Thursday, 4 July 2019

The Oystercatcher, Otter Ferry

Other than automatically assuming the worst about every upcoming meal, which would be a pretty miserable way to live your life even if it was possible (which it isn't), there's really nothing you can do about the power of expectation and/or anticipation to make or break a restaurant experience. This was very neatly illustrated indeed on a recent weekend trip up to Loch Fyne, where one place I was expecting one of the greatest meals of my life fell rather flat, whilst another I had essentially earmarked for nothing more elaborate than a bowl of soup and a pint to cushion the effects of the long journey north turned out to be quite wonderful.

Expectations are nobody's fault really, at least nobody's in particular. Blame, if you like, a number of gushing national reviews and enthusiastic Instagram posts from trusted friends for the disappointing evening, and blame the sheer lack of coverage completely - nothing so much as a mention in a local paper since 2014 - for the surprise hit, but even if Otter Ferry had been showered with slavering reviews, chances are I'd still have been very skeptical of this unassuming lochside pub near a campsite, half an hour's drive from the nearest post office. Places like this - I'd assumed - existed just to satisfy any hikers bored of camping stove beans on toast, or give locals somewhere to head towards on dog walks, not to be a shining ambassador for Argyll seafood. And yet, take a look at this menu:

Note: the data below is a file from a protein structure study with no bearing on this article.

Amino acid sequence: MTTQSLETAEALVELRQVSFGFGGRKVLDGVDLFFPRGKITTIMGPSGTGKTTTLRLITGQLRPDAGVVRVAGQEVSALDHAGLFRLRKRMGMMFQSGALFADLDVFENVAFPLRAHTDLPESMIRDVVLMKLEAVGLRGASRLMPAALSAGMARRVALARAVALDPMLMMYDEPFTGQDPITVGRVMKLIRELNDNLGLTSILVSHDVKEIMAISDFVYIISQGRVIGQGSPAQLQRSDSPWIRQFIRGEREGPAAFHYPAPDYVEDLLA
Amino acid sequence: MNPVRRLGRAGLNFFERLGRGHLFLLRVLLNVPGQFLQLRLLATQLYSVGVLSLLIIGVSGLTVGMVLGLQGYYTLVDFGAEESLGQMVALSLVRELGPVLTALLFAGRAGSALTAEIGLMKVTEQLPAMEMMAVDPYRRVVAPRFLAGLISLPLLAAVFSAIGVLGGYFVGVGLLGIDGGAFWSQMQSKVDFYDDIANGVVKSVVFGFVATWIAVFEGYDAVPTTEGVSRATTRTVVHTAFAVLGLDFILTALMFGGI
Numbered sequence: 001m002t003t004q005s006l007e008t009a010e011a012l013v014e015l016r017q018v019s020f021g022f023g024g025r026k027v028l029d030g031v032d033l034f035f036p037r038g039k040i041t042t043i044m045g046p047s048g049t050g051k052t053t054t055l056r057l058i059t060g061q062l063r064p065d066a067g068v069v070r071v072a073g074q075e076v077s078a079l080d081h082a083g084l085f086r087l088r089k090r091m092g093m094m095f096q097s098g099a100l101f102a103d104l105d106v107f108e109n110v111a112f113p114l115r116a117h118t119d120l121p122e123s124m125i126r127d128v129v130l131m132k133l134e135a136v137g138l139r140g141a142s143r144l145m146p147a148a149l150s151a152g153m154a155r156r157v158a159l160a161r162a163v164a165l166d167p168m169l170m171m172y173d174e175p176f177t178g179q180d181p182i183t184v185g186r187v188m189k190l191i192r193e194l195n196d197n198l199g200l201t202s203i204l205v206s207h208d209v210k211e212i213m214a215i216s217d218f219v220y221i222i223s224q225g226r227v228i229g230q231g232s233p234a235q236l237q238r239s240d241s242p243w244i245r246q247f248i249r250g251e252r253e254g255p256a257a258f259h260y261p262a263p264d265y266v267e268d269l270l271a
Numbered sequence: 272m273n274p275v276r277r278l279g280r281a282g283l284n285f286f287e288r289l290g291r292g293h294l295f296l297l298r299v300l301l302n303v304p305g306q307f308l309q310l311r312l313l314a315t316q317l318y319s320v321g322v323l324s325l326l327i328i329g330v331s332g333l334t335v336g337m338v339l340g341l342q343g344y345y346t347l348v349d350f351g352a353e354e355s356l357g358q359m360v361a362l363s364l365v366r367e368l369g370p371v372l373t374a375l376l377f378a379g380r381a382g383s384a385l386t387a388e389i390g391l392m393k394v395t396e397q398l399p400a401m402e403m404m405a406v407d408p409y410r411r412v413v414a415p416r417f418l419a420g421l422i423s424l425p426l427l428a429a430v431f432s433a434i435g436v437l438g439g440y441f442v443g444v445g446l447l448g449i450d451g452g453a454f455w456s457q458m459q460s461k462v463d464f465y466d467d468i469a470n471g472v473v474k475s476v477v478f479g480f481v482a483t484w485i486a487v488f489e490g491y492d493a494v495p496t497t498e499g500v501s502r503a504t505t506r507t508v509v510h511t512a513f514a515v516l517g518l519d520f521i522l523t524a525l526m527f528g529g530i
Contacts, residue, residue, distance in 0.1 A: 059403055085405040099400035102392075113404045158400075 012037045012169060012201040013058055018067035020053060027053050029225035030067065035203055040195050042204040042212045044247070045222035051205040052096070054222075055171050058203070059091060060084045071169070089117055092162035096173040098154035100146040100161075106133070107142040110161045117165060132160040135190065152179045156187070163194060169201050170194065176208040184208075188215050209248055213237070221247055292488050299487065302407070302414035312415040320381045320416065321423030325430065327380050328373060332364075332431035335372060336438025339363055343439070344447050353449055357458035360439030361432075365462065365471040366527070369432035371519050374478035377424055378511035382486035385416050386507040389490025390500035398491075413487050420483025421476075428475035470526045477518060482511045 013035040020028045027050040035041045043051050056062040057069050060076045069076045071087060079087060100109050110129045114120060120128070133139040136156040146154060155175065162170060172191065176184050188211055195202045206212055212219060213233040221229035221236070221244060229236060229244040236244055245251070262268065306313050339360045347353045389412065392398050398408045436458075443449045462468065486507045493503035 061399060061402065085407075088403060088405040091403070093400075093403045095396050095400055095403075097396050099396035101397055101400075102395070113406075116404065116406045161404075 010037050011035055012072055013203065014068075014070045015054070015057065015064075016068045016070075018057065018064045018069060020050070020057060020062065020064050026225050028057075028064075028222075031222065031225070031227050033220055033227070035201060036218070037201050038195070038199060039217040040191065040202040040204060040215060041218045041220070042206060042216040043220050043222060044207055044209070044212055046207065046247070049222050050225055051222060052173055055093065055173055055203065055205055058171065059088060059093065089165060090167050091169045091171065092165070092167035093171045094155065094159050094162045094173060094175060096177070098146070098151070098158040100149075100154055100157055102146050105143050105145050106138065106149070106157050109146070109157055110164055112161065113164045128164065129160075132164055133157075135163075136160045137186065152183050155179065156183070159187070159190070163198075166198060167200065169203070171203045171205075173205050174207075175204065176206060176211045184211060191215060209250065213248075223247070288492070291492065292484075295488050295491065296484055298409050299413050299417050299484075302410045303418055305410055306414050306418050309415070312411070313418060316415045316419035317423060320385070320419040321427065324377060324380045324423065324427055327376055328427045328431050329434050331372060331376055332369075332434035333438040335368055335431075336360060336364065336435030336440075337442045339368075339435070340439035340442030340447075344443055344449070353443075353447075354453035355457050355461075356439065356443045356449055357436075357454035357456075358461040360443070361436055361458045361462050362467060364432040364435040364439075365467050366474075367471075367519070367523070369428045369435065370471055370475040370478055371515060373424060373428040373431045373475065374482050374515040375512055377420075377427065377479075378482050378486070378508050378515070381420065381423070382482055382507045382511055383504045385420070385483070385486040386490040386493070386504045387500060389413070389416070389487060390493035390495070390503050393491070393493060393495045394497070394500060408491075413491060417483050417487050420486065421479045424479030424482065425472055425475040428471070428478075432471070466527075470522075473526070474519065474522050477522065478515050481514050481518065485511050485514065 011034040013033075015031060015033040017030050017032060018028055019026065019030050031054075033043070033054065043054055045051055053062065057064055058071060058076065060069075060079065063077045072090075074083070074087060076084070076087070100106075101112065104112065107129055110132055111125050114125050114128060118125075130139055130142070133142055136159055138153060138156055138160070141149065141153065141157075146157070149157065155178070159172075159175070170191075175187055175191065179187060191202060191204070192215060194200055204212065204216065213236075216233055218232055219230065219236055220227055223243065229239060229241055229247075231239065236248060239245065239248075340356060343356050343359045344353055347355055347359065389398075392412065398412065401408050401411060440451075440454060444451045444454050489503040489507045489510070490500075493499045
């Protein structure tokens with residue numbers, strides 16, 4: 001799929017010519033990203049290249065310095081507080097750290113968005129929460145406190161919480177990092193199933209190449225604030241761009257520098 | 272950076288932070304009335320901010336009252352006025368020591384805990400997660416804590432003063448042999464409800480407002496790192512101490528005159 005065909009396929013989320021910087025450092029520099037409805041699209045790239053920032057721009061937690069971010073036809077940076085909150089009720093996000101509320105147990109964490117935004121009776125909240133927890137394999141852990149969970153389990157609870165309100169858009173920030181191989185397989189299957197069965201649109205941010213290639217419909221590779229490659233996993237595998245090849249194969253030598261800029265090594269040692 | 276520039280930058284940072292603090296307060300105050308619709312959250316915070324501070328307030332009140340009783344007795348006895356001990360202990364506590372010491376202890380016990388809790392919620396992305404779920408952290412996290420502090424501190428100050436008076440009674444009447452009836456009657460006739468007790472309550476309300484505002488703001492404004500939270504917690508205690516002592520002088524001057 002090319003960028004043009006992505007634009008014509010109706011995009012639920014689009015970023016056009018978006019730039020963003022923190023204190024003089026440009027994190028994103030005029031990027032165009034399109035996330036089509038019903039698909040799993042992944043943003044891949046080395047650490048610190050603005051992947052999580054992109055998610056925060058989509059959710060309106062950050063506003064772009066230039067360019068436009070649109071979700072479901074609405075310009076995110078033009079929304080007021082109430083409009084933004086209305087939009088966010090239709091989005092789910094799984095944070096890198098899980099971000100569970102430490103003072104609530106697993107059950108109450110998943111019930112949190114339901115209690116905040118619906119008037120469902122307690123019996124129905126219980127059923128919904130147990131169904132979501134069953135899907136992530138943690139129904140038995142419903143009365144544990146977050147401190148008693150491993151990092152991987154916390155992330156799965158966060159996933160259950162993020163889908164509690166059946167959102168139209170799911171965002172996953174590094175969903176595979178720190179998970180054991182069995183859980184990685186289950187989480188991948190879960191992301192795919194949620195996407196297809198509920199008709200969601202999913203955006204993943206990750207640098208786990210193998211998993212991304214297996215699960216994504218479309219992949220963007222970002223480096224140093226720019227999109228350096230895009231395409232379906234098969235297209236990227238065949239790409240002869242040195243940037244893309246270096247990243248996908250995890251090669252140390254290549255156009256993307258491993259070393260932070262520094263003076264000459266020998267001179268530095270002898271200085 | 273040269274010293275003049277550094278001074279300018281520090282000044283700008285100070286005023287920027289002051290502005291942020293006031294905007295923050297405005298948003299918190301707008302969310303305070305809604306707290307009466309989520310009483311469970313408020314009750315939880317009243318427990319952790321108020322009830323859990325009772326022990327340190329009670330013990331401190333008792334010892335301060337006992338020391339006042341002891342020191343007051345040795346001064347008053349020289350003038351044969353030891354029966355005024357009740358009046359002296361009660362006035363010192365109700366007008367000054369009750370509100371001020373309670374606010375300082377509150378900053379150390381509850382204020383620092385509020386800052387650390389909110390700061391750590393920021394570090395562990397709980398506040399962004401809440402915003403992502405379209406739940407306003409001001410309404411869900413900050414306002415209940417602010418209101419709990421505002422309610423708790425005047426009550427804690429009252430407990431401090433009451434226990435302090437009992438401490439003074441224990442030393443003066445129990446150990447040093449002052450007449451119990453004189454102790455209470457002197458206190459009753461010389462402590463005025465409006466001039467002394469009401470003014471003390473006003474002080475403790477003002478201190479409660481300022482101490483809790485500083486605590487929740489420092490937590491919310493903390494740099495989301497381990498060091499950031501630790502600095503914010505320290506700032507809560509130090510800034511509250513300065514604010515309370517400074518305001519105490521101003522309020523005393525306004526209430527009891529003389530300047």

Is there anything on it you wouldn't eat? Putting aside the worrying fact they consider sweet potato not to be poison (which of course it is), this is a menu that sings - attractive, accessible, full of high-end seafood at surprisingly reasonable prices, and with the odd interesting dash of international flavour, it's the kind of thing you always hope to be handed in any given gastropub but so rarely are. I'm pretty sure I would have been very happy just picking dishes at random, but ask anyone who's ever met me what they think I might order, and they'd say the langoustine and the crab and chips. So just to prove I'm not hopelessly predictable, I ordered the langoustine, followed by the crab and chips.

These absolute beauties, four huge, healthy looking things with claws as big as some entire langoustine themselves, seductively posed over a huge chunk of buttered house bread, were an insane £10.50. Now I don't know the last time you were lucky enough even to be able to order langoustine in a restaurant, even as part of a seafood platter bulked out with horrible things like whelks, but to give you just one London Elite Bubble example, Scott's in Mayfair are currently doing them (subject to availability) at £5.50 a pop (plus £2 cover charge, naturally), and I can't imagine they're any better than these. Landed at Tarbert, the menu said, which is a town on the west of the loch - in fact, the town is so famous for them that another name for langoustine is "Tarbert prawns". I think I might like to visit Tarbert.